Dutchman Cees Braakman was head of the Pastoe design team from 1945 to 1978 and was responsible for the development of the first modern furniture line. It was in 1958 that Braakman designed a chair that was to be entirely fabricated from steel wire — the SM05. One of the first of its kind. The classic, minimalistic design of the SM05 is accompanied by the KM stool series, all of which have been adapted to fit current sensibilities and brought back into production. Its wire design gives the KM & SM05 a spatial effect and the cushion and the shape of the backrest ensure a comfortable sitting experience. The KM stool, with its aesthetic and timeless design, is available in three heights: table (45cm), kitchen (63 cm) and bar (70cm). A quite incredible collection that deserves to be continually celebrated.


The minimalist Nadia coat stand by Matsuso T is constructed from wooden poles with equall diameter. The coat stand has a neat look in addition to an expansive impression reminiscent of trees. This impression is even stronger when two or more stands are placed right next to each other, creating a little forest. The stand, aswell as the other pieces of the Nadia series, has been developed by focusing on a particular method, known as ‘kumiki’, which uses interlocking construction techniques. Many of the woodworking techniques used by Japanese carpenters originate  from Japanse shopwrights. The maritime industry has been a driving force behind the innovation of wood construction for centuries and with the Nadia series the creators wanted to give an affectionate nod towards the wooden vessels of times gone by.


This set of minimal Basket Containers is one of the lastest projects developed by Nendo. The Japanese design studio has collaborated with Kanaami-Tsuji, a Kyoto-based wire netting firm that preserves the craft’s traditions and develops it for contemporary living. Nendo explains the result: The carefully constructed basket, composed of individually hand-bent wires, is supported by its frame, making a slender table useful for placing small objects, and perfect for a tight space like an entryway, bathroom or space between a sofa and the wall. The all black and white containers are available in three heights, rectangular or oval shape, with basket form or flat shape as available options. A notable detail is that the legs are more slender than the eyes of the netting, allowing the tables to be stacked and combined.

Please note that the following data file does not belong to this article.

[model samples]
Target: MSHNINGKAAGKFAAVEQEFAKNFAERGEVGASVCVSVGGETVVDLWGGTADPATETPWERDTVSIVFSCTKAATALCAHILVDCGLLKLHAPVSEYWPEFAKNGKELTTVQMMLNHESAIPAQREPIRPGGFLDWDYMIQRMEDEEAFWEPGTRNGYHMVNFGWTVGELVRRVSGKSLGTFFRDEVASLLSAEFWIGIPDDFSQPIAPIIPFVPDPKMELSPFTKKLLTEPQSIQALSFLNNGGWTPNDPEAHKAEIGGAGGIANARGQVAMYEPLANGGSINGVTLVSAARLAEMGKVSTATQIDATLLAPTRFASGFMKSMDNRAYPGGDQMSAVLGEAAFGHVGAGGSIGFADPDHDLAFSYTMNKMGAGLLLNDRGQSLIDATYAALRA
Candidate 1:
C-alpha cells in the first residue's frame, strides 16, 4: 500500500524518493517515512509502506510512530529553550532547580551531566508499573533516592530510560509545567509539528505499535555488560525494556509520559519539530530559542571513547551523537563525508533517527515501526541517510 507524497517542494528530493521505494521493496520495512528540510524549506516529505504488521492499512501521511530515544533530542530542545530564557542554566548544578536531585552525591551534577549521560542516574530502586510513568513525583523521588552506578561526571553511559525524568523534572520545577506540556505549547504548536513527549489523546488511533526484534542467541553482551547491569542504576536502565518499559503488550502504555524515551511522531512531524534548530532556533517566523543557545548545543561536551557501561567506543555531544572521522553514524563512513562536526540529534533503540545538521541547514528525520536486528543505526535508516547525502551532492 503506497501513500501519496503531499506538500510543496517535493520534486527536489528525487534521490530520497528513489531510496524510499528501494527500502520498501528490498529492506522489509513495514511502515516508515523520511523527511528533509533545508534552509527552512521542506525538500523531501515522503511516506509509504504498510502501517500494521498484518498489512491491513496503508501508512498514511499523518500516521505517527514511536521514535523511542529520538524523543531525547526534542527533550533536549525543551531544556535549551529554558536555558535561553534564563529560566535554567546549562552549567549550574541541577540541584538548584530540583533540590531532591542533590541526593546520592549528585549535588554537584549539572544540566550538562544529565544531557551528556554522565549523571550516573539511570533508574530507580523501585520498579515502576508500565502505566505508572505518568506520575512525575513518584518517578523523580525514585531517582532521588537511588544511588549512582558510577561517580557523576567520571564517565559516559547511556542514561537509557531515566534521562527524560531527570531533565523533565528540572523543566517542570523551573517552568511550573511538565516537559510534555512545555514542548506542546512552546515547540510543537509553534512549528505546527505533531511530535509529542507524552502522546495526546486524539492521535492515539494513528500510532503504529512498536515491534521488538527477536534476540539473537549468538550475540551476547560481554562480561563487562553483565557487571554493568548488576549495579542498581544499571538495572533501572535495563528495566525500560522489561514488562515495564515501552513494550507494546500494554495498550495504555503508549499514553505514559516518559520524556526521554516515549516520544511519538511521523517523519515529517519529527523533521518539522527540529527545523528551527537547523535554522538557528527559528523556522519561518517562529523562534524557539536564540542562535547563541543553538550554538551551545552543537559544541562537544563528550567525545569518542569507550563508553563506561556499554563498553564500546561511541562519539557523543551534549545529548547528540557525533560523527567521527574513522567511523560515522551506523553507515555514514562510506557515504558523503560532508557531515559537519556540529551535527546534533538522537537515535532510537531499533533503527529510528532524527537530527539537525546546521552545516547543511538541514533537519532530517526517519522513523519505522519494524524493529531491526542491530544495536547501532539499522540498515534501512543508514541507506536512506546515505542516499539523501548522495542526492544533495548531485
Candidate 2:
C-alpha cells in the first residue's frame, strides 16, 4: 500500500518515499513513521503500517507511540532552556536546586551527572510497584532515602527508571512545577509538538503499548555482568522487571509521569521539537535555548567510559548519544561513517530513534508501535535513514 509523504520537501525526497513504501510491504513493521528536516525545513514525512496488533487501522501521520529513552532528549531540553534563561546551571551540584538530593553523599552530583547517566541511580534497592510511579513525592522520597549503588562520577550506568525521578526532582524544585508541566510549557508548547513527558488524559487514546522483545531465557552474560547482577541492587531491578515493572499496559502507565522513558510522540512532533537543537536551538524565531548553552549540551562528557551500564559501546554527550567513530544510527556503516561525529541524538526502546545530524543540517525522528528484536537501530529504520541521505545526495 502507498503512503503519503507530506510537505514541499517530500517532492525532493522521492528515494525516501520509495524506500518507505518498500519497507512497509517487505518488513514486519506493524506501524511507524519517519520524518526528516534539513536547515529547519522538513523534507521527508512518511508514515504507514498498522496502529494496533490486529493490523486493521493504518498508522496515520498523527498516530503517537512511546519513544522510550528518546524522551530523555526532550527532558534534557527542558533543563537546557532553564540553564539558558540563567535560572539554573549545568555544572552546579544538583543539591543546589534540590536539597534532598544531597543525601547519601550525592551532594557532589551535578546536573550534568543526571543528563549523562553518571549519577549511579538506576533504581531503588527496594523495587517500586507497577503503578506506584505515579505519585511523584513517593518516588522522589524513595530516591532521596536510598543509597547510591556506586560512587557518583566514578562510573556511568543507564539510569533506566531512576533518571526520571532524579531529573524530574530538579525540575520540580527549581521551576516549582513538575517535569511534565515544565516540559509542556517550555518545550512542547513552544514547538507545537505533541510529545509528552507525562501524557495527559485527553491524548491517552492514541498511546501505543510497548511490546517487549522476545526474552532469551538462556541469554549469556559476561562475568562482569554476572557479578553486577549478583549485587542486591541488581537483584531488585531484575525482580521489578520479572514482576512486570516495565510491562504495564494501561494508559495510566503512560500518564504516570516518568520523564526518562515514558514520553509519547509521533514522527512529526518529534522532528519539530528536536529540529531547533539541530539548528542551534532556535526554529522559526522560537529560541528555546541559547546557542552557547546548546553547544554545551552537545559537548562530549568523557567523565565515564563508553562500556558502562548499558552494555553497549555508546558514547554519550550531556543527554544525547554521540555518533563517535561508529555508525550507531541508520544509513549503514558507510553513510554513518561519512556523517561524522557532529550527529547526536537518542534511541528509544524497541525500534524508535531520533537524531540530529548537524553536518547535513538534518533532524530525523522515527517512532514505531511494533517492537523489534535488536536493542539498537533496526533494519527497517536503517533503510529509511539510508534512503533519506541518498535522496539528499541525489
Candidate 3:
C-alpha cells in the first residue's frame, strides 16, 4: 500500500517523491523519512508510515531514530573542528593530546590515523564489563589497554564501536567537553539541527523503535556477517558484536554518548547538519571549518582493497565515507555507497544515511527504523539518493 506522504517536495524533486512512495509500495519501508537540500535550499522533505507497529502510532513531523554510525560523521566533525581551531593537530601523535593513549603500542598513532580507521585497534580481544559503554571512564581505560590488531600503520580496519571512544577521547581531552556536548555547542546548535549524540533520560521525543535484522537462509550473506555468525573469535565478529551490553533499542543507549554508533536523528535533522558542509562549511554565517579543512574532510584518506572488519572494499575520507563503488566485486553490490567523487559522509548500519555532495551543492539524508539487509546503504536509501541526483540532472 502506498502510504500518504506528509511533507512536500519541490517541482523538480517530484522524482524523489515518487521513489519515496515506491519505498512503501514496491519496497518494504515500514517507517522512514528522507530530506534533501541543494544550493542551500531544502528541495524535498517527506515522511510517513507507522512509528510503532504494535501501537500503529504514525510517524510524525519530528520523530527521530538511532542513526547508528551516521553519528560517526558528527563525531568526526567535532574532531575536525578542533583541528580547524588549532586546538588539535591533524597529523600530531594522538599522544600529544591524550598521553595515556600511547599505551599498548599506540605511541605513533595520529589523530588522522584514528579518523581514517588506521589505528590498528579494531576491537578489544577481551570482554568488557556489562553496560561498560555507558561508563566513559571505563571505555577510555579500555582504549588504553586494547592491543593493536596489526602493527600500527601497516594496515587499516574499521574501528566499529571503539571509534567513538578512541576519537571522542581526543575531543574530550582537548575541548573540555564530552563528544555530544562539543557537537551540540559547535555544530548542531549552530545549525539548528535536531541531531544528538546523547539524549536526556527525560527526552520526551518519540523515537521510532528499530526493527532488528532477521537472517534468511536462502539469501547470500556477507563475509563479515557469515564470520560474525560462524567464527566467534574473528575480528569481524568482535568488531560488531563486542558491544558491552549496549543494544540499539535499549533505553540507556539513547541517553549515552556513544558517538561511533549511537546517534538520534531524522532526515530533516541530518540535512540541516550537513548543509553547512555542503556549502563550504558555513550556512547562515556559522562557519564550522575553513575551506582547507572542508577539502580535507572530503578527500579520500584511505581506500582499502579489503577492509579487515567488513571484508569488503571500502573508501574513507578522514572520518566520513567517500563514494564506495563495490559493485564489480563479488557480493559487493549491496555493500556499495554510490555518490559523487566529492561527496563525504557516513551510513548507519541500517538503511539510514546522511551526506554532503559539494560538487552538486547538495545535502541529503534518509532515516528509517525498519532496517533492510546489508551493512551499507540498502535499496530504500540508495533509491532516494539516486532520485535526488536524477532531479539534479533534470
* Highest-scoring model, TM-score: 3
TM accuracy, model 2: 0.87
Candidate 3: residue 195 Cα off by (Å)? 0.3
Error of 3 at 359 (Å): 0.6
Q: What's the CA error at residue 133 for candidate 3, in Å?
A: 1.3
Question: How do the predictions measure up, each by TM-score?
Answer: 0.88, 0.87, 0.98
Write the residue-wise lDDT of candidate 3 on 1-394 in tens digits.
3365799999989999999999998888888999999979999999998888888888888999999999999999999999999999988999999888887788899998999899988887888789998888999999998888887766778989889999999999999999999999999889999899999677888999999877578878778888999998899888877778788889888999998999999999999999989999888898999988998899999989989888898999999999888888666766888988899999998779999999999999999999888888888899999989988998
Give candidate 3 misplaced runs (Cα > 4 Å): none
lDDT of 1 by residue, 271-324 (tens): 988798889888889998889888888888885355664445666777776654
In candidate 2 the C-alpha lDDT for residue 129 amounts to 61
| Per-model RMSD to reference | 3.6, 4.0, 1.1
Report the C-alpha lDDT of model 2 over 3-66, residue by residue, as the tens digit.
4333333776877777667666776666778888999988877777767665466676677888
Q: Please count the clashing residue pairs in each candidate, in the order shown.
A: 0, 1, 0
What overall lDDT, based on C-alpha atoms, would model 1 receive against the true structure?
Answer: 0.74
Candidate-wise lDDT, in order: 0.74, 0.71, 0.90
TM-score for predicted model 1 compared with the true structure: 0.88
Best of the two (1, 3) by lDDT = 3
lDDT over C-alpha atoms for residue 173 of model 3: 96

Handmade by Brooklyn-based S.D. Evans, these heirloom-quality quilts are made from natural fabrics like cotton, vintage yukata cotton, linen and leather. The designs give a nod to traditional quilting patterns and the very nostalgia of quilts, but Evans has added a bold, contemporary, and beautifully simple aesthetic. The motifs reference nature, daily rituals and personal landmarks — the quilts have everyday and revealing names like Gravity, Migration, Stereo, Library Steps and Two Rivers — offering a glimpse into the designer’s life and inspirations. I love how they work as a fresh addition to urban and country dwellings alike!